Iran has threatened to boycott next week's Frankfurt Book Fair because it has invited author Salman Rushdie to be a guest speaker.
Rushdie, a British citizen who lives in the United States, had a fatwa issued against him by Iranian Supreme Leader Ayatollah Ruhollah Khomeini in 1989 because he found Rushdie's novel, The Satanic Verses, to be "blasphemous against Islam."
Iranian Deputy Culture Minister Abbas Salehi told the ISNA news agency on October 5 that it had sent a letter of protest to organizers of the book fair, which is one of the largest in the world.
"In the coming days, we will try to convince the leaders of the fair to change their mind [regarding Rushdie's presence]. We will seriously consider not participating [if he is still invited]," Salehi said of the October 14-18.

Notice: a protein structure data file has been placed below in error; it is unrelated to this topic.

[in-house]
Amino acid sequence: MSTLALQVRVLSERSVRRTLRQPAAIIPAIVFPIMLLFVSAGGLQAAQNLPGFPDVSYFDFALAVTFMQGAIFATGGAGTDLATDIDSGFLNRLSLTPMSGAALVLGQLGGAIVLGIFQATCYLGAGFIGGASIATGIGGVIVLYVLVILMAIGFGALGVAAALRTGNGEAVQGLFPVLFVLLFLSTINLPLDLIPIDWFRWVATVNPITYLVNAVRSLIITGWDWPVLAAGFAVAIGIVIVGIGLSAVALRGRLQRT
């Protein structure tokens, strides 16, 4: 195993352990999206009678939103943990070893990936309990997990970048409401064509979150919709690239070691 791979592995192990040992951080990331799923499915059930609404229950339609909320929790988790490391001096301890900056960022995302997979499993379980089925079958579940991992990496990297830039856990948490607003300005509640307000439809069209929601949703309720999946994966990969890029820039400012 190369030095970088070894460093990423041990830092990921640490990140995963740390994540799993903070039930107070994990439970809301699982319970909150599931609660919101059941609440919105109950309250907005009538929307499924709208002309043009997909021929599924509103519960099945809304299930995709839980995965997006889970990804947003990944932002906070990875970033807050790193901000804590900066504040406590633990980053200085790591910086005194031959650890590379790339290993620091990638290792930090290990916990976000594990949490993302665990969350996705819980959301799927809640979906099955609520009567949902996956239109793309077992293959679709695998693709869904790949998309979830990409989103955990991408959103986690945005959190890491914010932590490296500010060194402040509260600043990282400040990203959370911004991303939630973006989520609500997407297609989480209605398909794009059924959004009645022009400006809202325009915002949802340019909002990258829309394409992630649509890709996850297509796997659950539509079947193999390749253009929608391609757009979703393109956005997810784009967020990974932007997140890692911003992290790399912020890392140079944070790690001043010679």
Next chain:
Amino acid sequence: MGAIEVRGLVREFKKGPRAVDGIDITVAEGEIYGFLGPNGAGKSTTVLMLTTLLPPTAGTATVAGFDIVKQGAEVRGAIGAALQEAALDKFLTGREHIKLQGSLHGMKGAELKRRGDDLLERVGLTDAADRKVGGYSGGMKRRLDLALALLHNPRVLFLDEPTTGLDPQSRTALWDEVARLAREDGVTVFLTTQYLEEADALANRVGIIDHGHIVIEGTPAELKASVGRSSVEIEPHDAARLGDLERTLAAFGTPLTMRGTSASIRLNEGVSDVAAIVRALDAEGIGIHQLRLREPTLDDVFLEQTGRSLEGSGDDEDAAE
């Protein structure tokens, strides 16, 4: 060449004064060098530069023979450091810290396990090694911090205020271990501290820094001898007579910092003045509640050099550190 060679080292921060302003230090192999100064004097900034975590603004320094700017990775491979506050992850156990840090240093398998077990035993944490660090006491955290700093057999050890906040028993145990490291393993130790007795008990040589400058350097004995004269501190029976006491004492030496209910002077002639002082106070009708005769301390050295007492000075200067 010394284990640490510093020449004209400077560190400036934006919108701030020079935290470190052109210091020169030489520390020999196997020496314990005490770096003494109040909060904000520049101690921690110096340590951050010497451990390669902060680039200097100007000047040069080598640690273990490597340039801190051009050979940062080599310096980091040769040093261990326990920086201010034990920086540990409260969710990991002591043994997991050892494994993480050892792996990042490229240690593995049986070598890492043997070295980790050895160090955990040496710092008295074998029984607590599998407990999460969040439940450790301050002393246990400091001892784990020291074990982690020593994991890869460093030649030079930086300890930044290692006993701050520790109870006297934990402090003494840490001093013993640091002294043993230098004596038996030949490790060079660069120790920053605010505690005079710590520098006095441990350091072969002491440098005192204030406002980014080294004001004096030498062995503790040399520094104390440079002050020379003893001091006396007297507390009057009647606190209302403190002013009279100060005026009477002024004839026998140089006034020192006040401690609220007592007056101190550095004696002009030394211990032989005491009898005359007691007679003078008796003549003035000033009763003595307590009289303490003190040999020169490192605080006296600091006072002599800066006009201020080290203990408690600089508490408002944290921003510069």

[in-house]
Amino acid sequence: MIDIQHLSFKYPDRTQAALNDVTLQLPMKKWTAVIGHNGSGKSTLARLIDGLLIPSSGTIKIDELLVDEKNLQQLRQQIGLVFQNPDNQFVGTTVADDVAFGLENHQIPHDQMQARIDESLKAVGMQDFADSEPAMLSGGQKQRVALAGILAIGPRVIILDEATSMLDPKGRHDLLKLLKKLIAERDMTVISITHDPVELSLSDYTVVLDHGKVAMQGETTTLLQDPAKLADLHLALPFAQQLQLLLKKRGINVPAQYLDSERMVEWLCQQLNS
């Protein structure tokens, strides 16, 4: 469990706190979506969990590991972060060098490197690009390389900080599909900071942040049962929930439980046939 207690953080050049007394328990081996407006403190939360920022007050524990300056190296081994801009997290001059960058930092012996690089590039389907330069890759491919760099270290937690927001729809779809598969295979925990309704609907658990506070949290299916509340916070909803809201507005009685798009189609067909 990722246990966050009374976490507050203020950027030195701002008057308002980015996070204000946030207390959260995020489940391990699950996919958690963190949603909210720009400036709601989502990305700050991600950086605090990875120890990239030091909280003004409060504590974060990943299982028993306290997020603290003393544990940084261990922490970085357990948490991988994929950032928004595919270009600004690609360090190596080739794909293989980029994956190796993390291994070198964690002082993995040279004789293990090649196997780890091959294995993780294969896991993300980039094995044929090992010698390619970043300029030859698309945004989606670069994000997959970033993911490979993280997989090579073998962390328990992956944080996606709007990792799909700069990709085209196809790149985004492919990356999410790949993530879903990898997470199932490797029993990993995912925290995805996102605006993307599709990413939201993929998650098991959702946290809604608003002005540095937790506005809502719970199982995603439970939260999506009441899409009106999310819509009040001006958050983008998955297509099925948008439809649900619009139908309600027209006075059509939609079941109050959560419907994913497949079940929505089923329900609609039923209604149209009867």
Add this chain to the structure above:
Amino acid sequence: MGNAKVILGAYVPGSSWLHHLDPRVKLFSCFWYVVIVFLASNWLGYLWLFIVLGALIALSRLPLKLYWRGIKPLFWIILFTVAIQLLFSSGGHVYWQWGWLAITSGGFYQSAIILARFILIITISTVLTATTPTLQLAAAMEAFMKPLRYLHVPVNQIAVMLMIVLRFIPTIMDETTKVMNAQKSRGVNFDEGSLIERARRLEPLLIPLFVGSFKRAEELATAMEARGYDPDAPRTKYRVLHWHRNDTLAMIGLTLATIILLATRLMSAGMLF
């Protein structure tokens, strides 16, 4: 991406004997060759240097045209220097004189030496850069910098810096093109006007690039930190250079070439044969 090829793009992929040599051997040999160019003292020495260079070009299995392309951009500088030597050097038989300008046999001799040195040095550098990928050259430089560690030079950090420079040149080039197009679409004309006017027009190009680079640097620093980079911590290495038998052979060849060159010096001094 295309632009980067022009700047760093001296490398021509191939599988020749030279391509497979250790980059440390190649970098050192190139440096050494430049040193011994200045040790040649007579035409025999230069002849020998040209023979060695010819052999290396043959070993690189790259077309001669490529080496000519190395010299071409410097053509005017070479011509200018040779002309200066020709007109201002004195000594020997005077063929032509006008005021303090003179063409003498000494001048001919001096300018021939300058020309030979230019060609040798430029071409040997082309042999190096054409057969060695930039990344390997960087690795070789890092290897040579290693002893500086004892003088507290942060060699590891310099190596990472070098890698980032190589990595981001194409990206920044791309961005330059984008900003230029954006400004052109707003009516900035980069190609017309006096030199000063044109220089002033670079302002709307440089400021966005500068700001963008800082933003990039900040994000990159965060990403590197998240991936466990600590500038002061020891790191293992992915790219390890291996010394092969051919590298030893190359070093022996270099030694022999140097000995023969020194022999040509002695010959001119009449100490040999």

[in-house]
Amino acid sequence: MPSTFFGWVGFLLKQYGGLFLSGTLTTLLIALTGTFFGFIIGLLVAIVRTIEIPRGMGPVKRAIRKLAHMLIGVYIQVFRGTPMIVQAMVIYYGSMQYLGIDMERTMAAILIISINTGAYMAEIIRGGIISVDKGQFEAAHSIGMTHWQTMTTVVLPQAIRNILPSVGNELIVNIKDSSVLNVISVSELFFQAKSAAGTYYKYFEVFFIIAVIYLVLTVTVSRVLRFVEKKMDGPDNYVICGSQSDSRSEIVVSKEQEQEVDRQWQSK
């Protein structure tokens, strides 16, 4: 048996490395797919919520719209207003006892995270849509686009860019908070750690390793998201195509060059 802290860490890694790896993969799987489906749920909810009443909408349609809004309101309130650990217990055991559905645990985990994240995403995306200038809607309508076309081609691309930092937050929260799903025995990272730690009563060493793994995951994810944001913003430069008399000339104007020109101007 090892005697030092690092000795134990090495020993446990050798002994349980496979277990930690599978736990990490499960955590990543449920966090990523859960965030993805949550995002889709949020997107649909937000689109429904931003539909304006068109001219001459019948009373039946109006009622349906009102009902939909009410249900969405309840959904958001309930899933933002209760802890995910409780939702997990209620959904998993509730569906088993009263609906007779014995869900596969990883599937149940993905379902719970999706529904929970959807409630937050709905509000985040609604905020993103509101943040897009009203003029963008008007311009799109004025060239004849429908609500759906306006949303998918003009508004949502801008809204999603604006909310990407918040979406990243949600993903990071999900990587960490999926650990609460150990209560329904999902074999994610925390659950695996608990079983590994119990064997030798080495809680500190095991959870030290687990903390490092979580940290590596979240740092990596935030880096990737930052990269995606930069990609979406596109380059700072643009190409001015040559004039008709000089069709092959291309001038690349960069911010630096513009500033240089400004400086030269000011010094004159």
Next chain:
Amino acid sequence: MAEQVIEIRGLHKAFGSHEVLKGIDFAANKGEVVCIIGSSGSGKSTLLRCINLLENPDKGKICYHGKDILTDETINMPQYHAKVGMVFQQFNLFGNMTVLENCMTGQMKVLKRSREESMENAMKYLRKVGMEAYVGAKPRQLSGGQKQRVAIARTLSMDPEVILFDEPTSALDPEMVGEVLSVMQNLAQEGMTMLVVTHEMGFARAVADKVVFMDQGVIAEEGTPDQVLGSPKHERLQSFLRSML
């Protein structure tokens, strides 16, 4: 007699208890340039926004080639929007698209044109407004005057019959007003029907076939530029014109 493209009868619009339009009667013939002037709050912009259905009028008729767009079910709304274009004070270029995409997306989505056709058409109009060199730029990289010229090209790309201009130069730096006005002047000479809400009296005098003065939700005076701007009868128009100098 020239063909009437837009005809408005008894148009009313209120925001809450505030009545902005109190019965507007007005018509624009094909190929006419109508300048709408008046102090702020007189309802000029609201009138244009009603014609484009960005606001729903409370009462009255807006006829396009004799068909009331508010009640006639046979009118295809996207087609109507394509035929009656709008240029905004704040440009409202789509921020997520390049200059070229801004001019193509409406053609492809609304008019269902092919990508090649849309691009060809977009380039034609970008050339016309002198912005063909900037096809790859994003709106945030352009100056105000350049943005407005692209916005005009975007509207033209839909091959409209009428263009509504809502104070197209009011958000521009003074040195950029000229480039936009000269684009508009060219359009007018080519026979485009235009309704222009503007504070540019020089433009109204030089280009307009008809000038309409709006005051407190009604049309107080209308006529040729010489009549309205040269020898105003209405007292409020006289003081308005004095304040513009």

The fatwa forced Rushdie into hiding for many years and put him under nonstop police protection.
Khomeini died in 1989 but his successor, Ayatollah Ali Khamenei, said in 2005 that the fatwa still stands.
Based on reporting by AFP and Tehran Times
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